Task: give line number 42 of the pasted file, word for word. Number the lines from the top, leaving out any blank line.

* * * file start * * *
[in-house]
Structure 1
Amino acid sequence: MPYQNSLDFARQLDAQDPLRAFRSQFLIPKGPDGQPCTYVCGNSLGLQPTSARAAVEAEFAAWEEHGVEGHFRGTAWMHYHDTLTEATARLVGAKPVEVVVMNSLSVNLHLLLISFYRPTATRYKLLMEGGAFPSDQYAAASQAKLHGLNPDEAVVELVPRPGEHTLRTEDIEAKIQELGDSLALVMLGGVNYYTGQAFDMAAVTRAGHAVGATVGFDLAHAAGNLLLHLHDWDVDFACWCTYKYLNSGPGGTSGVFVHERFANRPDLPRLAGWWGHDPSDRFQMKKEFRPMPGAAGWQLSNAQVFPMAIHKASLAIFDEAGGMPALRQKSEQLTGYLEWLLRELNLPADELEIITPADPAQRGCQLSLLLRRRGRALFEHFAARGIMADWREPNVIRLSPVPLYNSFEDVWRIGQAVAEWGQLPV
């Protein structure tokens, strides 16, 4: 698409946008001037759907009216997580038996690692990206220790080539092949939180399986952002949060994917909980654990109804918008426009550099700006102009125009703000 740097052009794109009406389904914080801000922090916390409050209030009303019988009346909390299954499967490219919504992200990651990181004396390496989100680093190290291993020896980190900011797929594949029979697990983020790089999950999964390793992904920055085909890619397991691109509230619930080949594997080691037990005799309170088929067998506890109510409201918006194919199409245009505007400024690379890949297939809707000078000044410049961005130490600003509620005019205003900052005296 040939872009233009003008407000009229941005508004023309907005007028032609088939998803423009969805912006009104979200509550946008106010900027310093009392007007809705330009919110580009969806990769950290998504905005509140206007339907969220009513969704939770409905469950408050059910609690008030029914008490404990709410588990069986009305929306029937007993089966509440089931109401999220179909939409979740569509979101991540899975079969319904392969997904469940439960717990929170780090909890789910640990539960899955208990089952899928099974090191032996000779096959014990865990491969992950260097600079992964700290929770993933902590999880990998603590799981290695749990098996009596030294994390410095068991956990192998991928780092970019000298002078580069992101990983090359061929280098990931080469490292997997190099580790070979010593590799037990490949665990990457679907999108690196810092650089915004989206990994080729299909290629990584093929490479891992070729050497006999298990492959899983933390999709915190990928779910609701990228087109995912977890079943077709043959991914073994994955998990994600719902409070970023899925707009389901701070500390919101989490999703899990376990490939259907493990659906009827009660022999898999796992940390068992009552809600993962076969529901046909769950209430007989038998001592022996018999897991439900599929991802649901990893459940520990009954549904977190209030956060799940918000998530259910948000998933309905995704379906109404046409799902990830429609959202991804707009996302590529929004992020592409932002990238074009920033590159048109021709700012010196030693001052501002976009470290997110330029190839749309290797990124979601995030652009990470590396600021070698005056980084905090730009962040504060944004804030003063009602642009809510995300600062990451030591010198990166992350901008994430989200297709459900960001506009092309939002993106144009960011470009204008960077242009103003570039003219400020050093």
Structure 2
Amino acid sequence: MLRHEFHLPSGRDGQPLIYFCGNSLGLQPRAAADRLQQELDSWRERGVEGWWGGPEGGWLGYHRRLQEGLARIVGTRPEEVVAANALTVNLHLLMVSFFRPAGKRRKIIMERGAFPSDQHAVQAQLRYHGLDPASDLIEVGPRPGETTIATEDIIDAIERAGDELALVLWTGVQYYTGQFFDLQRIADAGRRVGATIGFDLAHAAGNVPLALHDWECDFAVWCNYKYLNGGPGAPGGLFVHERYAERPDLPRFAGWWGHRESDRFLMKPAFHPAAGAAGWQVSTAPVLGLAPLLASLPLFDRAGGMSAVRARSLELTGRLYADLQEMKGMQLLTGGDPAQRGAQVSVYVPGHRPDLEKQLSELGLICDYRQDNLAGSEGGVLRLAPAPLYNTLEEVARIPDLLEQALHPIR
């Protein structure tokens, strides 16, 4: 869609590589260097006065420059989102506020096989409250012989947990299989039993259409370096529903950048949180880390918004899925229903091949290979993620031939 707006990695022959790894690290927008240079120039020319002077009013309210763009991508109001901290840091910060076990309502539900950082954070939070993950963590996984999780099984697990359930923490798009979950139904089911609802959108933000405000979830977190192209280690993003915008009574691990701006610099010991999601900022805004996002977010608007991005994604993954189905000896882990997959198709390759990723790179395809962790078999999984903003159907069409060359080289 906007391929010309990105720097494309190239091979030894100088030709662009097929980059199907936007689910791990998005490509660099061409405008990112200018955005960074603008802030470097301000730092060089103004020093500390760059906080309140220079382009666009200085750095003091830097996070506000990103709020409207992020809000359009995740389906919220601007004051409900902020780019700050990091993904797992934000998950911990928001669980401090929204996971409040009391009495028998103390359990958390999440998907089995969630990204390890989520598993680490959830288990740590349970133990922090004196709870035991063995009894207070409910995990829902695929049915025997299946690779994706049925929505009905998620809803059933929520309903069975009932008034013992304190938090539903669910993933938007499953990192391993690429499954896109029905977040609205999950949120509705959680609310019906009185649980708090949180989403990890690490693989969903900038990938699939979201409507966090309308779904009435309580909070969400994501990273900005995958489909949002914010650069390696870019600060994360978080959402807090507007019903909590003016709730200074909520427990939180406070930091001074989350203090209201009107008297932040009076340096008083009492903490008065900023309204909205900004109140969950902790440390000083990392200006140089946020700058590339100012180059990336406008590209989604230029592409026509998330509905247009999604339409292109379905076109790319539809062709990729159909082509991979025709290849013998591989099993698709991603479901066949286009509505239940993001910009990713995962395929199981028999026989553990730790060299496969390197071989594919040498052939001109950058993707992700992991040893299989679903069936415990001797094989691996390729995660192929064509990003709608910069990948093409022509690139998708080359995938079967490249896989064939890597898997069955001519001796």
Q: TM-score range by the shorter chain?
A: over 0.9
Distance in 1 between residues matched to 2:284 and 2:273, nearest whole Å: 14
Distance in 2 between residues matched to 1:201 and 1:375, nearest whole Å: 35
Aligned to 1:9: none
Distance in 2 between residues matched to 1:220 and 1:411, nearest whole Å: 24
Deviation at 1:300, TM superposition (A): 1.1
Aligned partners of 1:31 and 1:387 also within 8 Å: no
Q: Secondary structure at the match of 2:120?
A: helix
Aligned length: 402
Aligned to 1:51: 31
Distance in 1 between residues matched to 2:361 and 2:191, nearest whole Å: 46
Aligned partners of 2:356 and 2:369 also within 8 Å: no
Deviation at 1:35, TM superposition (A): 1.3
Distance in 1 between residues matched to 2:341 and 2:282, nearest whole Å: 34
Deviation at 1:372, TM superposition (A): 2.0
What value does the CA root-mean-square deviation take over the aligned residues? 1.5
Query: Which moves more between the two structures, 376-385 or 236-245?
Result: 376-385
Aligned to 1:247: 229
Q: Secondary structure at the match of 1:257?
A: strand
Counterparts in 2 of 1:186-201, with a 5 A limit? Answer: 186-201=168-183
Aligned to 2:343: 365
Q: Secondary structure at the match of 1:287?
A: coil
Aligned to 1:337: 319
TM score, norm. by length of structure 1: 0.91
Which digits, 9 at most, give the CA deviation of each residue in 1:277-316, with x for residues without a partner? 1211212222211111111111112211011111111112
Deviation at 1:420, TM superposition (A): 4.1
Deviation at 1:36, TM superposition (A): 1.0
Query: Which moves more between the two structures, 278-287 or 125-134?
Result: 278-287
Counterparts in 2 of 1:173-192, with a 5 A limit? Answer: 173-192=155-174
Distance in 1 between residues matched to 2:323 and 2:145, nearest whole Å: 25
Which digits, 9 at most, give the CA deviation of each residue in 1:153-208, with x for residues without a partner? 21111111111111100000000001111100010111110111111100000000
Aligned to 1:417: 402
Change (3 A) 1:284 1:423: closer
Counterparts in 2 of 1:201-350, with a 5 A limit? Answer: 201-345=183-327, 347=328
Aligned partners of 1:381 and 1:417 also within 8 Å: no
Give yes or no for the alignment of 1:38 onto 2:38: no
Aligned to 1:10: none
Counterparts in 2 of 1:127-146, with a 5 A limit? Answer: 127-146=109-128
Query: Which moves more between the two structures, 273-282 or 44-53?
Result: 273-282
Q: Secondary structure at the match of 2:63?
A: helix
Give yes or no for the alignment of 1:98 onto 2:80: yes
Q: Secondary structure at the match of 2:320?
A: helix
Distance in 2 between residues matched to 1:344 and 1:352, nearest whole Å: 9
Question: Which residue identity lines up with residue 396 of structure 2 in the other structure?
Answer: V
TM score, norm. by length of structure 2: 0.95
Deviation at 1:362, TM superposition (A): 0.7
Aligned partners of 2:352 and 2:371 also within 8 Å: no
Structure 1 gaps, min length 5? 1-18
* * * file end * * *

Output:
Counterparts in 2 of 1:173-192, with a 5 A limit? Answer: 173-192=155-174